Create a gathering place with a wood-fired oven

By Elaine Papa | Photographs by Bri Stachowski

Summertime is all about outdoor cooking. From June to September, while the gardens are blooming, the veggies are ripening, and the days yawn slow and long into dusk, I like to be grill-side as much as possible. In recent years, I have started to explore another outdoor cooking method: the wood-fired oven.

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This type of  oven uses both radiant and convection heat to cook. When it’s first heated, a wood-fired oven provides an intense concentrated heat that is great for pizzas, seafood, and vegetables. As it cools, it’s perfect for roast chicken, larger cuts of meat, and potatoes. Finally, a warm oven will bake a pot of beans like none you’ve ever tasted before.

The oven is heated by a fire built inside its vault. Once the oven is fully heated, the coals and ash are swept out and the radiant heat emanating from the interior does the cooking. Building a wood-fired oven may seem like a daunting project, but it’s something any motivated DIY-er could tackle. Depending on the weather, it could take about four to six days to build, but the work can be spread out over several weekends. You don’t need a lot of special equipment, but enlisting a group of friends to help is a great idea!

We spent several days with Ashley Schenk of Broadfork Consulting as he built an oven in his backyard.  

The foundation and base

Your oven should be located in an open area. For safety’s sake, build at least 10 feet from any structure and in an area where there is no tree cover. This oven doesn’t have a chimney, so flying sparks shouldn’t be an issue, but it’s best to play it safe.

First, you’ll excavate the area under your foundation. You can’t escape New England winters, even when building an oven in the summer, so be sure to consider hard freezes now and dig the foundation at least a  foot deep. This will ensure that you won’t have any issues with frost heaving under your oven. Fill the foundation area with gravel, tamp it down, and level the gravel.

For the base, use dry-stacked stone, mortared brick, or concrete block––whatever suits your style and your budget. Start to build the base with the materials of your choice, making a wall thick enough to stand on its own. As you build, you’ll fill the center with “fill.” Fill can be concrete chunks, old bricks, more stone, or whatever else you have access to.

Love the idea of a wood-fired oven but your time or budget makes it unlikely that you can build your own? While the results aren’t identical––and the cooking method lacks some of the romance of an earthen structure––you can use a gas or charcoal grill to approximate the results of a cob oven. Build a fire in your grill:  Aim for medium-low to medium-high, depending on what you’re cooking. Lay a baking stone on the grate and let it heat for at least half an hour. Follow your recipe, keeping the grill cover closed to approximate the oven effect of a woodfired oven.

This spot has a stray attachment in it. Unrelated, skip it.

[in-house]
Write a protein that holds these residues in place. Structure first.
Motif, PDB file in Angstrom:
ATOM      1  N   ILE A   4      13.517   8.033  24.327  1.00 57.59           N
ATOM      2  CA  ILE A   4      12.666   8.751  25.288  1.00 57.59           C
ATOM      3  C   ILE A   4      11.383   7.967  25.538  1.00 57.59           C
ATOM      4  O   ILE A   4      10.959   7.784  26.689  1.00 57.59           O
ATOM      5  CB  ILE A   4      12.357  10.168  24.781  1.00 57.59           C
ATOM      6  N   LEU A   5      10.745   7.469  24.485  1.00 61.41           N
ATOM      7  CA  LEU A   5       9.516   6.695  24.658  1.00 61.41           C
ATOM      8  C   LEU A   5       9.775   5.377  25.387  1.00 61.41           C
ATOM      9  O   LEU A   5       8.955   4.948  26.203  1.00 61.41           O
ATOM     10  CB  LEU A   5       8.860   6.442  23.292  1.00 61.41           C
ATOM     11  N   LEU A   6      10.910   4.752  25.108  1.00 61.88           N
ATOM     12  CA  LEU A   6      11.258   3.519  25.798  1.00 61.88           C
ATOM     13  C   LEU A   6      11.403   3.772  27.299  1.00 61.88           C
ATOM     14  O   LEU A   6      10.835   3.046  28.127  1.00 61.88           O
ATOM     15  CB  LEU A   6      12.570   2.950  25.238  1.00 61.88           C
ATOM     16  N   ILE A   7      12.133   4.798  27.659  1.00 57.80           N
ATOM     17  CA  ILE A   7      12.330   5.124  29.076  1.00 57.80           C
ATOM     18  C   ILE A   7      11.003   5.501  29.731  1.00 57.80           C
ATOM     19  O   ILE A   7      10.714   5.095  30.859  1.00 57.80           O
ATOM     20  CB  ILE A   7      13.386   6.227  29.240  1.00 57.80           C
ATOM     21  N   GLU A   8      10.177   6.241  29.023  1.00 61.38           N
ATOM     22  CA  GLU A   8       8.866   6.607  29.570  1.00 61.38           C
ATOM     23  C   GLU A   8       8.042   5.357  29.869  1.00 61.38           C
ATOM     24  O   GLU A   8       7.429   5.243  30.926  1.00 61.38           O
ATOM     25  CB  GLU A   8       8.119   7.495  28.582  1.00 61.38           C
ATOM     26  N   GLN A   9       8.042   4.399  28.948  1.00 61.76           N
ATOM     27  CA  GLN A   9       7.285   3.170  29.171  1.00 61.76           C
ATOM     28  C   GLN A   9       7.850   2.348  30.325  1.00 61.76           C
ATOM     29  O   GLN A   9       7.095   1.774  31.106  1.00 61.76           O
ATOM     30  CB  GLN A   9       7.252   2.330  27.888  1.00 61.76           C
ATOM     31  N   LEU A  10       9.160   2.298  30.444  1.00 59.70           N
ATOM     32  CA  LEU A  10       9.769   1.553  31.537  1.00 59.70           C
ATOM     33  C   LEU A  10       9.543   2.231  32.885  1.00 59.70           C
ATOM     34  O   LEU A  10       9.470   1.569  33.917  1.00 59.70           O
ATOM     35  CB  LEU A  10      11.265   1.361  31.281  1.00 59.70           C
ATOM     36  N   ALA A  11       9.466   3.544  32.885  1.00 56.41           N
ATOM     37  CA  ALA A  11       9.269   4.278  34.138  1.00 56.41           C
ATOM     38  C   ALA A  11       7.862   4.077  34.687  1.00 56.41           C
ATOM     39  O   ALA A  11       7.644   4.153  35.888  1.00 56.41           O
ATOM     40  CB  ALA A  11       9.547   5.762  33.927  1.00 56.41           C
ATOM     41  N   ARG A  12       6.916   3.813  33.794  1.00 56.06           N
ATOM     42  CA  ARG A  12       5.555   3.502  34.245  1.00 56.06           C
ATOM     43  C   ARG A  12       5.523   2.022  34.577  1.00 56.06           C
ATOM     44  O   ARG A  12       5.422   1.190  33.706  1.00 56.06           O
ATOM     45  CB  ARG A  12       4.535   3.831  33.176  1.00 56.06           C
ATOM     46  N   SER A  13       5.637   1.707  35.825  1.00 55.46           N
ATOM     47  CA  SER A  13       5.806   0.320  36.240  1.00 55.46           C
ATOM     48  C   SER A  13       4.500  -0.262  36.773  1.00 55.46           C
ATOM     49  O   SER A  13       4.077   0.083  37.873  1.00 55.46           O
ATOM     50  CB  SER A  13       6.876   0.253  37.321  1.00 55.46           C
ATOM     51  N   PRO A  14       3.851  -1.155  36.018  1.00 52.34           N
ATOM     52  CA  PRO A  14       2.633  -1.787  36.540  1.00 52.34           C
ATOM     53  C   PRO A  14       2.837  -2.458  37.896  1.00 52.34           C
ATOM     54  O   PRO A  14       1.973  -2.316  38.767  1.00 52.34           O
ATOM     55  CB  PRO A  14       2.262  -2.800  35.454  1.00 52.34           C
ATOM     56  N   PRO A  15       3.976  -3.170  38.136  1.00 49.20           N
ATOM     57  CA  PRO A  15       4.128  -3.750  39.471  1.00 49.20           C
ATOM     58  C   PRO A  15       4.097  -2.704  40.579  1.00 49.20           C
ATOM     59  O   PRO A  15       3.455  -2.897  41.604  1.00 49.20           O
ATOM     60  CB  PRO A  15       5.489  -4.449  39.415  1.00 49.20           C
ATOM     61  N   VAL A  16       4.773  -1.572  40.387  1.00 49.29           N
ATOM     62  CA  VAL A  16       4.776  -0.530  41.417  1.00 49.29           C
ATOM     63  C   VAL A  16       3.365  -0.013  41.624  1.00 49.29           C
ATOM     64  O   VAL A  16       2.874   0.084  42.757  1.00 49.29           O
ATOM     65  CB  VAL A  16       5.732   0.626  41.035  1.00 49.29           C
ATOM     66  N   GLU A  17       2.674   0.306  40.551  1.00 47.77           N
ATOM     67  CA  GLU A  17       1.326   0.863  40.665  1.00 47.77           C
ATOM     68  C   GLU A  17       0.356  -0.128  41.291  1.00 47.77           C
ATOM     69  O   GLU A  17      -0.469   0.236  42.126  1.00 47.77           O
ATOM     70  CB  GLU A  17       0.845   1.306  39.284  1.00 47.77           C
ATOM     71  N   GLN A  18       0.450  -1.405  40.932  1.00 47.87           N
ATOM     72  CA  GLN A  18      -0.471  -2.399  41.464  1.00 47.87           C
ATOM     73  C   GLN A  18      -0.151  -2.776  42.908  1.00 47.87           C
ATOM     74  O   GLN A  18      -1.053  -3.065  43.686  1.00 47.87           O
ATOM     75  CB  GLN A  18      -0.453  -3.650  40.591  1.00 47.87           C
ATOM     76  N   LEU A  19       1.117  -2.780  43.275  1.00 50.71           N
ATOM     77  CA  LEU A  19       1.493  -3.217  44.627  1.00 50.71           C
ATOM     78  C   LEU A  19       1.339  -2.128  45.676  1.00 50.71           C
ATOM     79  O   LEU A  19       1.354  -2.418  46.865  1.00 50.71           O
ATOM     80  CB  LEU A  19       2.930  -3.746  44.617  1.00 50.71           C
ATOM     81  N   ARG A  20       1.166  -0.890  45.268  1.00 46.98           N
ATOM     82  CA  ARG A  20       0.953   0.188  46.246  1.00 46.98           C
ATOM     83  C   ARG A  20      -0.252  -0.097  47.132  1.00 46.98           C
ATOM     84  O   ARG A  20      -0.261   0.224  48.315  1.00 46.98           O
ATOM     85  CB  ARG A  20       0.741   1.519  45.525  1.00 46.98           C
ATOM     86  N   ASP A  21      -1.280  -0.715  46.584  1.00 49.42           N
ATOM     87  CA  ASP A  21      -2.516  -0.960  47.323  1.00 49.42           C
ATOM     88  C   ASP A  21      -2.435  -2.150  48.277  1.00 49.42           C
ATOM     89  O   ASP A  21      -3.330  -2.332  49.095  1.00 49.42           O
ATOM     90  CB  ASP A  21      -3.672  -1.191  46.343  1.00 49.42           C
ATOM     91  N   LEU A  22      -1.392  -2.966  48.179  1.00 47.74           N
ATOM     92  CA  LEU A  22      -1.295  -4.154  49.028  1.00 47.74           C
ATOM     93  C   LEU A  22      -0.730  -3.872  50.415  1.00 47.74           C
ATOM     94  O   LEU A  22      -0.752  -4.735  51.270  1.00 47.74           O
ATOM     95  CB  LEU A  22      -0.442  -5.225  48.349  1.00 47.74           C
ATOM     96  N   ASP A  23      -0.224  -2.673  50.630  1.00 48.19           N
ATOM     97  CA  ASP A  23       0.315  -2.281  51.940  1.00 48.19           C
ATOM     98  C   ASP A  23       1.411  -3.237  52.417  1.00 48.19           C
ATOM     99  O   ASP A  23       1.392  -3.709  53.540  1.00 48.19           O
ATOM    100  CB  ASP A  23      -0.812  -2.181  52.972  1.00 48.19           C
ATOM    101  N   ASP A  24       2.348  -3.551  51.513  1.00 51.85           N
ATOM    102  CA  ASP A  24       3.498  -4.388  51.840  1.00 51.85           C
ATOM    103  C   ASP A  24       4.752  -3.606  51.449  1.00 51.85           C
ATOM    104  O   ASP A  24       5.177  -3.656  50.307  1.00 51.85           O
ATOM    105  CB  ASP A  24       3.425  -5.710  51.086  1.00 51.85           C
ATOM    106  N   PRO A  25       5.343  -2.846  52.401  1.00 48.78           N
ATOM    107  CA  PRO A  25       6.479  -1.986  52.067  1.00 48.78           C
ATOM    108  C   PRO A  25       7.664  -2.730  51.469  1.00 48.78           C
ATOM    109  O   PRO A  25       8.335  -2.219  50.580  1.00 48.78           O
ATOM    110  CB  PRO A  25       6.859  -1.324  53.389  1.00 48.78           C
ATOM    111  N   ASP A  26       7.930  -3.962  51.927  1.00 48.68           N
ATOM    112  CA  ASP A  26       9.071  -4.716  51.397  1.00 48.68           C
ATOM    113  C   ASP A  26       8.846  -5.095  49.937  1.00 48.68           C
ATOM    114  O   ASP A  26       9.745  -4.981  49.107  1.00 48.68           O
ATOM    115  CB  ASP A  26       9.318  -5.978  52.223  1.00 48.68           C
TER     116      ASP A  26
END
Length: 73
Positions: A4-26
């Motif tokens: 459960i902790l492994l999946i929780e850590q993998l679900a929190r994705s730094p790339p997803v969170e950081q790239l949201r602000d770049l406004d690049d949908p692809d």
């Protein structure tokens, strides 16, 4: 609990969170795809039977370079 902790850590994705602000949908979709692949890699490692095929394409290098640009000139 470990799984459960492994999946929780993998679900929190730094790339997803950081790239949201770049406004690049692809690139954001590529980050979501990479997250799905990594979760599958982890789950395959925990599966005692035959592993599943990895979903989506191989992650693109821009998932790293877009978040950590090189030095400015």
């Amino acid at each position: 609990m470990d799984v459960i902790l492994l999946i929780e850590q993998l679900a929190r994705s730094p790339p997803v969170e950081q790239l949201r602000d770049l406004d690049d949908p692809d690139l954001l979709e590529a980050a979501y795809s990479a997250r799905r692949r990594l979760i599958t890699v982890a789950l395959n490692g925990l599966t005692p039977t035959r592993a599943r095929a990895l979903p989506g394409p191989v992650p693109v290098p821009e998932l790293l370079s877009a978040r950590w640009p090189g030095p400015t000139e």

Love the idea of a wood-fired oven but your time or budget makes it unlikely that you can build your own? While the results aren’t identical––and the cooking method lacks some of the romance of an earthen structure––you can use a gas or charcoal grill to approximate the results of a cob oven.

Build a fire in your grill:  Aim for medium-low to medium-high, depending on what you’re cooking. Lay a baking stone on the grate and let it heat for at least half an hour. Follow your recipe, keeping the grill cover closed to approximate the oven effect of a woodfired oven.

The supporting layer

When the foundation is about 30 inches high, you will build your supporting layer. This layer will provide insulation to your foundation and retain heat that will reflect back up into the oven. Leave about eight inches of your foundation area unfilled. Pour sand into the foundation until it reaches the top of your fill. Tamp the sand down, adding more as needed, and level it.

Cut a piece of plywood into a shape that fits into the foundation. Lay it over the sand and adjust the sand so that the wood layer is level.  

Insulation layer

Lay down a thick layer of slip-perlite mix and nestle empty glass bottles or jars into it. Cover the bottle layer with more slip-perlite mix and then a layer of sand. Level the sand with the top of the base.

Refractory layer or hearth

The refractory layer, which you’ll make using firebrick, is your cooking surface. It also reflects heat back into the oven. Lay firebricks (or salvaged soapstone slabs, as Ashley did in this oven) close together to fill the center. You’re making a bullseye where the firebricks are the center, leaving a margin of about 10 inches of sand and the base wall around the edge of the oven base. Lay a row of bricks to make the door opening to the oven (see illustration).

Building the dome